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Westwood Street Repairs

This intersection at Chelsea and Bryan avenues, in Napa's Westwood neighborhood, is among the area streets slated to be repaired in a $2.8 million project.

The fount of new sales-tax dollars for the upkeep of Napa’s city streets is set to flow next into the Westwood neighborhood.

A $2.8 million slate of repairs and improvements to five residential streets west of downtown was approved by the City Council Tuesday afternoon in the second such project to make use of tax revenue from the countywide Measure T initiative approved by voters in 2012.

The half-cent sales tax, which took effect July 1, provides local cities and the unincorporated counties a new revenue source earmarked for street maintenance, and is expected to supply the city $7.88 million in its first year – 40 percent of the county total.

The project will include resurfacing Kilburn Avenue, Chelsea Avenue, Bryan Avenue, Bremen Court and Bancroft Court, which serve a community of mostly smaller single-story houses west of Highway 29. In addition to laying down asphalt, workers are scheduled to replace pavement stripes and markers, cut down intrusive trees, and fix gutters and curbs.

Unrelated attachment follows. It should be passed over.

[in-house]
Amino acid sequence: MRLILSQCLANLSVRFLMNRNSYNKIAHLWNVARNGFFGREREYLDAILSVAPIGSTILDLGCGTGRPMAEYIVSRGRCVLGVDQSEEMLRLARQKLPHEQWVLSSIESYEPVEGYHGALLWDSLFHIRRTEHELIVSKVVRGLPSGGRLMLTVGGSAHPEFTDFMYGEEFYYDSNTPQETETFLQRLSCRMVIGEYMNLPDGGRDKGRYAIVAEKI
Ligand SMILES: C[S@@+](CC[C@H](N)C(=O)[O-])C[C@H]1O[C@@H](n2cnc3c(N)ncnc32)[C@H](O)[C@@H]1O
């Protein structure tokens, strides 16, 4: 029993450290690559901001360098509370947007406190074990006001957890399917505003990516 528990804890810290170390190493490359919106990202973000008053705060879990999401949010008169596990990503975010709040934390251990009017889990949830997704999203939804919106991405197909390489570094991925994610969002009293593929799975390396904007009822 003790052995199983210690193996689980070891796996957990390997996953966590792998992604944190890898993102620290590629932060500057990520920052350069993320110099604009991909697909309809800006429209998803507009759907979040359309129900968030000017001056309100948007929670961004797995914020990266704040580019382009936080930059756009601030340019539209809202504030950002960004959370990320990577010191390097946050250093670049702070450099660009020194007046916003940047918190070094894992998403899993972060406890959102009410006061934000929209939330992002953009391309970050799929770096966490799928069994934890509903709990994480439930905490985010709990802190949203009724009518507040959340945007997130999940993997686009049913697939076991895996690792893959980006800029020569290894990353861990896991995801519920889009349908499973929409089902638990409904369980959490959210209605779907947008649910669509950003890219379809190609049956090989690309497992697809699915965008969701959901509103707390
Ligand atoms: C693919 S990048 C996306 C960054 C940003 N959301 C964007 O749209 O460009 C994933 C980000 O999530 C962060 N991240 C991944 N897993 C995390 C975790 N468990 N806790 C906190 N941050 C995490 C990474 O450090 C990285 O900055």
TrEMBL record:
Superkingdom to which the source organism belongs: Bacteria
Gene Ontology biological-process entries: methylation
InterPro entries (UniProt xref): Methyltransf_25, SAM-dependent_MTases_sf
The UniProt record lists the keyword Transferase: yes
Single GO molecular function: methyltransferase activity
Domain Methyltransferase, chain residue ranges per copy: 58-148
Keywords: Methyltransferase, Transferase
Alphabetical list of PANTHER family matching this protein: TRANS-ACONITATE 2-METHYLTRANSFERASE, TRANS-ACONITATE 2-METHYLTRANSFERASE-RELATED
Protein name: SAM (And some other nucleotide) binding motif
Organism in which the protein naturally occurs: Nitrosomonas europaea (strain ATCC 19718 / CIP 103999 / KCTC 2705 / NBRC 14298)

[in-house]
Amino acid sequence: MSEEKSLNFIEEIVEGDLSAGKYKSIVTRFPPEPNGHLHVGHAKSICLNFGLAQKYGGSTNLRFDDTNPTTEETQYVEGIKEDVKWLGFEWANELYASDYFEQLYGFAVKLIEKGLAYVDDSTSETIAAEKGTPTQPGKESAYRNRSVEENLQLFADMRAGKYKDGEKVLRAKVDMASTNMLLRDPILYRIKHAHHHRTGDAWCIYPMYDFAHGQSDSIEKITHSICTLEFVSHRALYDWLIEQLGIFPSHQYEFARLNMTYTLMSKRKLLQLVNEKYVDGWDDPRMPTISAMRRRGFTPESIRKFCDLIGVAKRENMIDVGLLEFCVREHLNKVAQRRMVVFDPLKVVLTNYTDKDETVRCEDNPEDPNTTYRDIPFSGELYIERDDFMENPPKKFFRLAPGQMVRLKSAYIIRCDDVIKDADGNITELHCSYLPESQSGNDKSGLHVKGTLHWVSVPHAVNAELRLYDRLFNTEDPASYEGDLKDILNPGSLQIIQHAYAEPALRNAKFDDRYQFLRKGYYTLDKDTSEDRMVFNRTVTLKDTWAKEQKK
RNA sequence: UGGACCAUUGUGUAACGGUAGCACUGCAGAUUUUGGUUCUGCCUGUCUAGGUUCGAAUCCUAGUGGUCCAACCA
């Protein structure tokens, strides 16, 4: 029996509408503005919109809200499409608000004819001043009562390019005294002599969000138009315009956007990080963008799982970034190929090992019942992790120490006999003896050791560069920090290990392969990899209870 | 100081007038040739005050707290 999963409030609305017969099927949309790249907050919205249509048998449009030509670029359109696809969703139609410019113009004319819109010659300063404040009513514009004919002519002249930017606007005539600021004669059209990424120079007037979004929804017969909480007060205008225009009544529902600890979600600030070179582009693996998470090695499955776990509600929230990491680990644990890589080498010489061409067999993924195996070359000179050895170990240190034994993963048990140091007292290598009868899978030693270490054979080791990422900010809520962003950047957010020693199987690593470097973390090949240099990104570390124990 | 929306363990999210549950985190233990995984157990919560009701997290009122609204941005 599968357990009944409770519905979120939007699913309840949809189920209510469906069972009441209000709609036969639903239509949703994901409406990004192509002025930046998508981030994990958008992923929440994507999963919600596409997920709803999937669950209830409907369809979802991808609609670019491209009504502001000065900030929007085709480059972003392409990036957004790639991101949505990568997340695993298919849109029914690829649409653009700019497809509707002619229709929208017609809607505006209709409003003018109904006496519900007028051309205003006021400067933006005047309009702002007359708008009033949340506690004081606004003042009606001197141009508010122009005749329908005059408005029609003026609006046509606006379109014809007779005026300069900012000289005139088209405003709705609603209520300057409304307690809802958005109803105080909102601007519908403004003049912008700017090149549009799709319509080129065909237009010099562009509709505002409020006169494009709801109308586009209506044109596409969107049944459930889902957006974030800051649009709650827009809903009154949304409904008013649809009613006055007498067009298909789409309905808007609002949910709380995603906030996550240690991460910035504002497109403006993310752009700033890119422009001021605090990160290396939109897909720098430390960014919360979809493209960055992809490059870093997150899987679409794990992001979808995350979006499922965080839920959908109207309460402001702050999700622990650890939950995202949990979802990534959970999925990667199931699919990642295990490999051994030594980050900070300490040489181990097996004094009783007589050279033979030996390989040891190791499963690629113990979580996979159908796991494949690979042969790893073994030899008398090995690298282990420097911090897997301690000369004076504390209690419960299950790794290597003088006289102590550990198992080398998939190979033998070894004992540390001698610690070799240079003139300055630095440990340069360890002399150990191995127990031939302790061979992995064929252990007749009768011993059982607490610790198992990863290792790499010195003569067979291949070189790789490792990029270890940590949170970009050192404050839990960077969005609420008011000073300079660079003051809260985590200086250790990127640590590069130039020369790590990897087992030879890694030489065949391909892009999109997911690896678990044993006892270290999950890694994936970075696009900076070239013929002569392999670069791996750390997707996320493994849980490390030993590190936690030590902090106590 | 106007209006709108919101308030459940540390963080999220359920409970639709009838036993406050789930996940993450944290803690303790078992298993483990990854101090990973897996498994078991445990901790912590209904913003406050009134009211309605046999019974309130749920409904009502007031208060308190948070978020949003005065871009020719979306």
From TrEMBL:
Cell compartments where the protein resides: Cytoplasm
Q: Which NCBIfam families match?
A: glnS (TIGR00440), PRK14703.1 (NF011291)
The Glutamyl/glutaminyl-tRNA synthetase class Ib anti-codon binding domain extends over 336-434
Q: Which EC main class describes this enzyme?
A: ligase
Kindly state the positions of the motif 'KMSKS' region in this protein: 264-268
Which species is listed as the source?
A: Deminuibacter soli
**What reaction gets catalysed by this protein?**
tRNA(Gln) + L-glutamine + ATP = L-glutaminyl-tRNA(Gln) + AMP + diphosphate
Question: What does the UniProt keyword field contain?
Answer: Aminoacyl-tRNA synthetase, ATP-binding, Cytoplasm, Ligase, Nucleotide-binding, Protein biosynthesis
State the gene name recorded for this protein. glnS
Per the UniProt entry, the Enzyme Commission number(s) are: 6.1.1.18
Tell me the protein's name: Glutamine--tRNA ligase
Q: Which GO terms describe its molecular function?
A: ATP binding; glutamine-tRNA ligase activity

An increased population in the Westwood area, where homes were first built in the 1940s, has created heavier traffic loads – and pavement wear and tear – than its streets were designed for, Public Works Director Jacques LaRochelle said in a memorandum to the council.

Council members accepted a proposal by Vacaville-based Lister Construction Inc., whose offer came in below bids from six other companies.

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Tuesday’s vote follows the approval in June of $1.4 million – also drawn from Measure T money – to upgrade two sections of Trower Avenue on the north side of town with sidewalks, curbs, gutters and lighting, as well as repairing pavement. Napa officials also have shared plans over the next 12 months to resurface parts of four-lane Trancas Street, a major east-west commercial strip in the city’s north.

Such repair and maintenance work is the required use for revenue drawn from Measure T, which replaces an earlier half-cent sales tax for flood-control improvements that expired at the end of June. Cities must calculate what they spent for road upkeep from 2007 to 2010 and maintain the same spending level in future years, as well as file five-year work plans with the Napa Valley Transportation Authority to show how the funds are spent.

Other sales tax-supported street upgrades planned in the city are scheduled for Soscol Avenue in the 2019-20 fiscal year, as well as Laurel Street in 2020-21, Browns Valley and Redwood roads in 2021-22, and Lincoln Avenue in 2022-23.

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City of Napa/Town of Yountville Reporter

Howard Yune covers the city of Napa and the town of Yountville. He has been a reporter and photographer for the Register since 2011, and previously wrote for the Marysville Appeal-Democrat, Anaheim Bulletin and Coos Bay (Oregon) World.